6. A pavement marker as claimed in claim 5 wherein said spherical reflector elements are arranged in adjacent rows with the spherical reflector elements in each row being staggered with respect to the spherical reflector elements in any adjacent row such that the center of each spherical reflector element in one row is located mid-way between the centers of adjacent pairs of spherical reflector elements in adjacent rows.
7. The invention as defined in claim 6, wherein the distance between each adjacent pair of said spherical reflector elements is less than the respective diameters thereof.
8. The invention as defined in claim 6 wherein flat areas parallel to said central plane are formed on the surface of said respective side portions, said flat areas each being enclosed by a group of three spherical reflector elements.
9. A pavement marker comprising: a housing having a base for engagement with the surface of a roadway and a reflective wall for reflecting light from vehicles on the roadway, the fore-and-aft axis of the housing being disposed in parallel relationship with the direction of travel of vehicles on the roadway and intersecting the reflective wall at a right angle; said reflective wall having an inner surface and an outer surface, the outer surface extending at an acute angle with respect to the plane of said base; a plurality of conical reflector elements formed on said inner surface having relatively high optical efficiency for reflecting incident light rays on said outer face that are substantially in a horizontal plane parallel to the plane of said base and that are substantially parallel to said fore-and-aft axis, and having relatively low optical efficiency for reflecting light rays making a substantial acute angle with respect to the plane of the base or the fore-and-aft axis of the housing; said conical reflector elements each having an apex located remotely from said outer surface with a side wall of circular cross-section extending continuously from said apex to said inner surface with the axis of each conical reflector element passing through the apex thereof; a plurality of wide angle reflector elements on said inner surface of a configuration other than conical having less optical efficiency than said conical reflector elements for reflecting incident light rays on said outer face that are substantially in a horizontal plane parallel to said fore-and-aft axis, but having greater optical efficiency than said conical reflector elements for reflecting incident light rays on said outer surface that make a substantial acute angle with the plane of said base or the fore-and-aft axis of said housing; said conical reflector elements each having an apex located remotely from said outer surface and an axis passing through said apex any lying in a plane that is perpendicular to the plane of said base and parallel to the fore-and-aft axis of said housing, and the axis of each of said conical reflector elements extending at an acute angle with respect to the normal to said outer face such that said conical reflector elements are oriented to receive incident light refracted from said outer surface to the conical reflector elements and reflect the light in a direction substantially parallel to the direction of incidence.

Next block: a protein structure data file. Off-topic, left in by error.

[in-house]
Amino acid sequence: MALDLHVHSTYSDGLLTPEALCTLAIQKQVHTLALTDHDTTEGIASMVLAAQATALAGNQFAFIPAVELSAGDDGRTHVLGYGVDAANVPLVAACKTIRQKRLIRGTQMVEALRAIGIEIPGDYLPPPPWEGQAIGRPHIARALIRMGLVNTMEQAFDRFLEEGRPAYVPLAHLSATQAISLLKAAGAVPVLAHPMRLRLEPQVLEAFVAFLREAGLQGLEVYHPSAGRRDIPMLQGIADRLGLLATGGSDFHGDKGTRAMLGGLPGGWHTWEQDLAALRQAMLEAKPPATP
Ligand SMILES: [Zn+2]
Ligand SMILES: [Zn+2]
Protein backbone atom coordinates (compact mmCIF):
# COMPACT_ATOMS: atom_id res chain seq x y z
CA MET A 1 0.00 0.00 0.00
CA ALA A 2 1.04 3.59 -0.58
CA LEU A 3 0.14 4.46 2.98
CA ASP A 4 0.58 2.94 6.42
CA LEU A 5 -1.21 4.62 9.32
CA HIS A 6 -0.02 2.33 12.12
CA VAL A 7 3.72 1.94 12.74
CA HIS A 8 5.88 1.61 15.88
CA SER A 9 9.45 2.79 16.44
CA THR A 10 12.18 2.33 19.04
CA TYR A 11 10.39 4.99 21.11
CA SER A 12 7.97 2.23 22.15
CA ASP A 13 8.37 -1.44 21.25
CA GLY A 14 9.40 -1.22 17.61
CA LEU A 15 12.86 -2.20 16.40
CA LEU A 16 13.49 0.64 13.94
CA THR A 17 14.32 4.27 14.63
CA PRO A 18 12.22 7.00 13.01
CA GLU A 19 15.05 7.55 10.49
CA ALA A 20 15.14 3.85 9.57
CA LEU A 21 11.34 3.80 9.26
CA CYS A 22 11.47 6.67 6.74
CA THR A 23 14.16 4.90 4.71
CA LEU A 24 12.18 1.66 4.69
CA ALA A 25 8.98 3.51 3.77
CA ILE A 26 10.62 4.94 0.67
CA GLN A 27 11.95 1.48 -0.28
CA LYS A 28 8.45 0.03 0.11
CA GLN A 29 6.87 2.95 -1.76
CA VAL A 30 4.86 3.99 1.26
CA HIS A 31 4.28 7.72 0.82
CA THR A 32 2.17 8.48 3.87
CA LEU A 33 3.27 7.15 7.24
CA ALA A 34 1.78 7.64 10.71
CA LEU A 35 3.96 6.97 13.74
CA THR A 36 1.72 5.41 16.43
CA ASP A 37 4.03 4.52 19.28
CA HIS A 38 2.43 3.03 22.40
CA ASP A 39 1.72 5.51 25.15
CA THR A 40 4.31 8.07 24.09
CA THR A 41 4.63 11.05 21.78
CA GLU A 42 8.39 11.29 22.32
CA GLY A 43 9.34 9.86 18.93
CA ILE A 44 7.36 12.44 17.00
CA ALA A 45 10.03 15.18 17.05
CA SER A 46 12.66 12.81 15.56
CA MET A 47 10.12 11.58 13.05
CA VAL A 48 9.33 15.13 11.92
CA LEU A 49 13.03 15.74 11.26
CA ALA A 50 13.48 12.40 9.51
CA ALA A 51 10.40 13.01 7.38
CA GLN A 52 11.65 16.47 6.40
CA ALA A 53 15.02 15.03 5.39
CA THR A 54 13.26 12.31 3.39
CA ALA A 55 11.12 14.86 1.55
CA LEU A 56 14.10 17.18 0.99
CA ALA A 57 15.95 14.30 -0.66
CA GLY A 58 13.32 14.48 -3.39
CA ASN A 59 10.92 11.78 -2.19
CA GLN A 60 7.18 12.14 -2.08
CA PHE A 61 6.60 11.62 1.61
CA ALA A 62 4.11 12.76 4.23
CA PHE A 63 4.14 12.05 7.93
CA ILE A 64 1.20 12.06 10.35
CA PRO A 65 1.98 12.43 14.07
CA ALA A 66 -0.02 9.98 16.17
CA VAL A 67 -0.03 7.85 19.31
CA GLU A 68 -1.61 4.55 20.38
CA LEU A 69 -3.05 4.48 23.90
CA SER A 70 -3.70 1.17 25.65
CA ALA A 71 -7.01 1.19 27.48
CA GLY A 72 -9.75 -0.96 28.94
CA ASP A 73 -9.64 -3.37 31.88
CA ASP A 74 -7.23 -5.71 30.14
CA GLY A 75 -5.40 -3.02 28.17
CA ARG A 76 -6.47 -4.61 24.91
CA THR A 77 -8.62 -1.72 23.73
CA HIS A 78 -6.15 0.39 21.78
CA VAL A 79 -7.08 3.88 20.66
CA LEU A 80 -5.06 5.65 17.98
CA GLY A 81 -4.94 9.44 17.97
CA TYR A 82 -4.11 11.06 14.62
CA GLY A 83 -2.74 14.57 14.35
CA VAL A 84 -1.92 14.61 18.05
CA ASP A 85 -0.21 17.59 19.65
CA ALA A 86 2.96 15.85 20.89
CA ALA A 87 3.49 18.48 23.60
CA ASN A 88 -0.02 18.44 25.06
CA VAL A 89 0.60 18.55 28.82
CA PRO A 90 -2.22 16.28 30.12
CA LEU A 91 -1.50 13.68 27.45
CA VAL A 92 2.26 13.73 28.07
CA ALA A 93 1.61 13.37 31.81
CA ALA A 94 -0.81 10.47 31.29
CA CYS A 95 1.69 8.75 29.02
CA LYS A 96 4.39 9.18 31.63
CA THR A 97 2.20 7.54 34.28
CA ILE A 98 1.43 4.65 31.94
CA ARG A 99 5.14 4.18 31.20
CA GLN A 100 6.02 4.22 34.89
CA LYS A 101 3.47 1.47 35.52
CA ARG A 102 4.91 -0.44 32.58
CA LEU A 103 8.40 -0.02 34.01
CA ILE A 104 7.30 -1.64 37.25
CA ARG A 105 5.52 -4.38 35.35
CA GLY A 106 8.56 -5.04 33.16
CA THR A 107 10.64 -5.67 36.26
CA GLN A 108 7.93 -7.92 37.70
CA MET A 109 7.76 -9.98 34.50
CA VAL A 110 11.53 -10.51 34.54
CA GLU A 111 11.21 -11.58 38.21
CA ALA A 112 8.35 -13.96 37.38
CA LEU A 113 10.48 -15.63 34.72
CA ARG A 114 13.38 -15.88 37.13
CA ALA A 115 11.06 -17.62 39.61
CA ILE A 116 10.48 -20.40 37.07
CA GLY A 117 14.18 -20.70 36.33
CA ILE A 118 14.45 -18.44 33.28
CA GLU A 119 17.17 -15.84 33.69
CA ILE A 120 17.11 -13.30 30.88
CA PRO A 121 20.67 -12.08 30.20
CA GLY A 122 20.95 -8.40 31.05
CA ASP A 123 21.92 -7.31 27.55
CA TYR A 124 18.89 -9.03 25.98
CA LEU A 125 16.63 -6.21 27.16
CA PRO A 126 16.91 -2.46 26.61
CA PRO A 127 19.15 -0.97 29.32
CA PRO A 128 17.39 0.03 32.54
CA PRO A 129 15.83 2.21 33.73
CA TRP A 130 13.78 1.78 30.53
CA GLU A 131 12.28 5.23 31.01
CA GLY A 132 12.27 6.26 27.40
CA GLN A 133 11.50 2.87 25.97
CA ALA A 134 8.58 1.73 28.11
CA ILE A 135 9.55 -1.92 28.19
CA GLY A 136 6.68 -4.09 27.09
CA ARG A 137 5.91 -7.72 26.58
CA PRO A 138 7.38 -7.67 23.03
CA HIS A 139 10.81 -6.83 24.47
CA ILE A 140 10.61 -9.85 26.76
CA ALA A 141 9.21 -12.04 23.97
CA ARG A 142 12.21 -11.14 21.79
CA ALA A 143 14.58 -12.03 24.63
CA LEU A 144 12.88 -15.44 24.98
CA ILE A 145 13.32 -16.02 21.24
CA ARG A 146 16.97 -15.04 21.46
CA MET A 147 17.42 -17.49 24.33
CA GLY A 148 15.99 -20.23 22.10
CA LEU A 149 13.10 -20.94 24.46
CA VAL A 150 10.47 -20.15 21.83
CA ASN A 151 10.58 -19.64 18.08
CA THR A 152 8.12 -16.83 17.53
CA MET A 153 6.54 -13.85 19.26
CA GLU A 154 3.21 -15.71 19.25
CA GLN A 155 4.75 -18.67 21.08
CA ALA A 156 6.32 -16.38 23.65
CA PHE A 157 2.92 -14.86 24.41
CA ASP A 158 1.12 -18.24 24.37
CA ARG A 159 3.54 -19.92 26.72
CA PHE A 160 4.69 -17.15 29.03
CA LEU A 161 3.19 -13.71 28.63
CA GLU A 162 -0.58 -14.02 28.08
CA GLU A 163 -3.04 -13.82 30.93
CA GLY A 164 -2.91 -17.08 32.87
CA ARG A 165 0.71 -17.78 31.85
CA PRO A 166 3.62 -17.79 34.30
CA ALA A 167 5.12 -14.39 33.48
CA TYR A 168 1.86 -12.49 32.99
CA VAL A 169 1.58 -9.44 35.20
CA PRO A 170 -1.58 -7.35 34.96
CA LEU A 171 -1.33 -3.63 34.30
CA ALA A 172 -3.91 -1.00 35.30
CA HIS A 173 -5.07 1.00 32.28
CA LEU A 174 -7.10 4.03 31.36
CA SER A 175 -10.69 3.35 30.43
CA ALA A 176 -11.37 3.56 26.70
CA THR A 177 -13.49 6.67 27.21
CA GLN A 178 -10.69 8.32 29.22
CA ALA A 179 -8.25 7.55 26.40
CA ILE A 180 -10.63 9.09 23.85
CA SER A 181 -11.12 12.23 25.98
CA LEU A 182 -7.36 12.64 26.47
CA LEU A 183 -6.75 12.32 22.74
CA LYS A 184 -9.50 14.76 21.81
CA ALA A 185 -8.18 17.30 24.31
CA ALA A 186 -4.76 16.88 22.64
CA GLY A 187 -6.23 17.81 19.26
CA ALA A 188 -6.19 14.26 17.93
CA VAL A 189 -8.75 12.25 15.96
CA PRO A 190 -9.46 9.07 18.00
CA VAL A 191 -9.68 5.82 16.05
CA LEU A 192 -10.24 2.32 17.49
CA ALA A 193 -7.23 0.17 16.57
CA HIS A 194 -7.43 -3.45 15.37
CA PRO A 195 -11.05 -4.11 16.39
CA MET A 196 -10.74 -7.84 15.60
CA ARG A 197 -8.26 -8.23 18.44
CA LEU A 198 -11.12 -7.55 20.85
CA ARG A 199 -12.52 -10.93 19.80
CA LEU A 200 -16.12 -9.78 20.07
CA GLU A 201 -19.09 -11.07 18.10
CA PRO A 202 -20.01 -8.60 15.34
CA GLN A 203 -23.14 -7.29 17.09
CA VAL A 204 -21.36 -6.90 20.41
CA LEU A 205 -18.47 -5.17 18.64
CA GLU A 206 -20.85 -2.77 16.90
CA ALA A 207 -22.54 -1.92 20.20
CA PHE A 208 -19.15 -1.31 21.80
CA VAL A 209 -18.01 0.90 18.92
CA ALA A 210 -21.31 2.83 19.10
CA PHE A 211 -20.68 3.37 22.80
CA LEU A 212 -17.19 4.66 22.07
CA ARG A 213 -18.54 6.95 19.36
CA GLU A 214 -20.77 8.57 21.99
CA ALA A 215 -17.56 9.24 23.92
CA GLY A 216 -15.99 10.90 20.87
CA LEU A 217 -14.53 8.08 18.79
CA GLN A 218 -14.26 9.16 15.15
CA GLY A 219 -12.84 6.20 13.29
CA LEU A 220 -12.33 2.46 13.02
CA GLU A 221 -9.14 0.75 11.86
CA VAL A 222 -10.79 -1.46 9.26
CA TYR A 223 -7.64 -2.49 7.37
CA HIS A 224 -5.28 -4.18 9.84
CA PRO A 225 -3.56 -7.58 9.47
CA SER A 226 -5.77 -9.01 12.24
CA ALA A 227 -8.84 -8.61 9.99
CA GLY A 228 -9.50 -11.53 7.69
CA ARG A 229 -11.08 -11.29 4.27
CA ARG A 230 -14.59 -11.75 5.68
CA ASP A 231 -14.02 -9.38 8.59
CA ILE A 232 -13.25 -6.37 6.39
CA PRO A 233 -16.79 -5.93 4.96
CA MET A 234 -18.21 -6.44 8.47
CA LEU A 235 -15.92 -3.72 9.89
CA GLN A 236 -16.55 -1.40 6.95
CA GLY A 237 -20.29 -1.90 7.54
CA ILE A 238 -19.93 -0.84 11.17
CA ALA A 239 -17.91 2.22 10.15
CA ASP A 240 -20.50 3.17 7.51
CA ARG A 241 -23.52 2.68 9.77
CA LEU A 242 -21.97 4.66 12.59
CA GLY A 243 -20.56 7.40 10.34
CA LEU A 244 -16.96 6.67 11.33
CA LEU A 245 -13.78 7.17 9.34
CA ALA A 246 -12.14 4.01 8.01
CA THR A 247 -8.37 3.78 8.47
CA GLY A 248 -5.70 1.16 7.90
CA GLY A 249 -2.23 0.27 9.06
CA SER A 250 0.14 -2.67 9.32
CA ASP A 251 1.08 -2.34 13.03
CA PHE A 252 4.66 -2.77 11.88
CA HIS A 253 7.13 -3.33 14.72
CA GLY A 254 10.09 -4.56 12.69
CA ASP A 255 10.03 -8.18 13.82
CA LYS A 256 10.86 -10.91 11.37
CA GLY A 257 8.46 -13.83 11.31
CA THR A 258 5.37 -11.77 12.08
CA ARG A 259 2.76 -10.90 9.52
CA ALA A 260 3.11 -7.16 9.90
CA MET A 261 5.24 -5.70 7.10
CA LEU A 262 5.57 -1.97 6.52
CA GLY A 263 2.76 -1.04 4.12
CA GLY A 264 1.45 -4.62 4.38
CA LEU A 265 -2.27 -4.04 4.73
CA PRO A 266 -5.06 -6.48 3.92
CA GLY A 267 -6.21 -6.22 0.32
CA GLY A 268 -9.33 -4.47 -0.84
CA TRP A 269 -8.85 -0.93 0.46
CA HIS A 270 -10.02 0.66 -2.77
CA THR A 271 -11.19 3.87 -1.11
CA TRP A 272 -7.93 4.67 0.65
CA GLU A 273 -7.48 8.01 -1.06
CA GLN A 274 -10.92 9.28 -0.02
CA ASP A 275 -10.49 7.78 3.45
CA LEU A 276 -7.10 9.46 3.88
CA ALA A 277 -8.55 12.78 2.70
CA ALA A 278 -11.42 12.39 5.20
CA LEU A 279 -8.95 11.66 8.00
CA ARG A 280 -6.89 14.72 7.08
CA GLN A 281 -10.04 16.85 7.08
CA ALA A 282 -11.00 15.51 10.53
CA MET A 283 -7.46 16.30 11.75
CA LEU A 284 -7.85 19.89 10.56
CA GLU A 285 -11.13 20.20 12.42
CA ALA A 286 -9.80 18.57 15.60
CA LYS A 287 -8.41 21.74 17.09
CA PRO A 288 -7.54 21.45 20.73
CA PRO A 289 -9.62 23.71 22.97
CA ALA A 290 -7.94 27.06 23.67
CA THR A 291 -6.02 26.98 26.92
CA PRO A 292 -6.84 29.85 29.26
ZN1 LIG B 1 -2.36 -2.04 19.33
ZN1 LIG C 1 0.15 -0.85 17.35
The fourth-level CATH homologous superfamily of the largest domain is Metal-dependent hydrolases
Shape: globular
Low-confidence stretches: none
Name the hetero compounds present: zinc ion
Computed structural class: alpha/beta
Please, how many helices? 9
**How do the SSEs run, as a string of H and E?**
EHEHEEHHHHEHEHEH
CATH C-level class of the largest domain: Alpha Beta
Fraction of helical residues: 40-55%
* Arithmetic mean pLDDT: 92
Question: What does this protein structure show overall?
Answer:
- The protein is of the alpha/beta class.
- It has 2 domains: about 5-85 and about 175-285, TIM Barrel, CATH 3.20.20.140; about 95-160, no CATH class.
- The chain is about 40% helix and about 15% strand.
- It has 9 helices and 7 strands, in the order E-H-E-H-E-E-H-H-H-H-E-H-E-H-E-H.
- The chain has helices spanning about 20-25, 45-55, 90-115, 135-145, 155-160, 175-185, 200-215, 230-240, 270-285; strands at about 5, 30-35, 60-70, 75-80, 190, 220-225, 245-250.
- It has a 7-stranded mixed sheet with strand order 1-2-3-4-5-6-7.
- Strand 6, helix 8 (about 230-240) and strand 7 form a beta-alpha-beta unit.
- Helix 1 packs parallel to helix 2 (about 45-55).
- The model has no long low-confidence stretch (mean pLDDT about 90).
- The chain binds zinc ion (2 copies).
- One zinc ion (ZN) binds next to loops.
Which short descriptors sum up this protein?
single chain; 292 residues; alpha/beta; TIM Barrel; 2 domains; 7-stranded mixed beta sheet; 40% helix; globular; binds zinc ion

10. A pavement marker as claimed in claim 9 wherein said wide angle reflector elements comprise cube corner reflector elements each having three surfaces arranged mutually at right angles and meeting at a common point remote from said outer surface to form an apex, said cube corner reflector elements each having an axis passing through the apex thereof, the axis of said cube corner reflector elements being parallel to each other and extending at an acute angle with respect to the normal to said outer surface such that said cube corner reflector elements are oriented to receive incident light refracted from said outer surface to said cube corner reflector elements and reflect the light in a direction substantially parallel to the direction of incidence.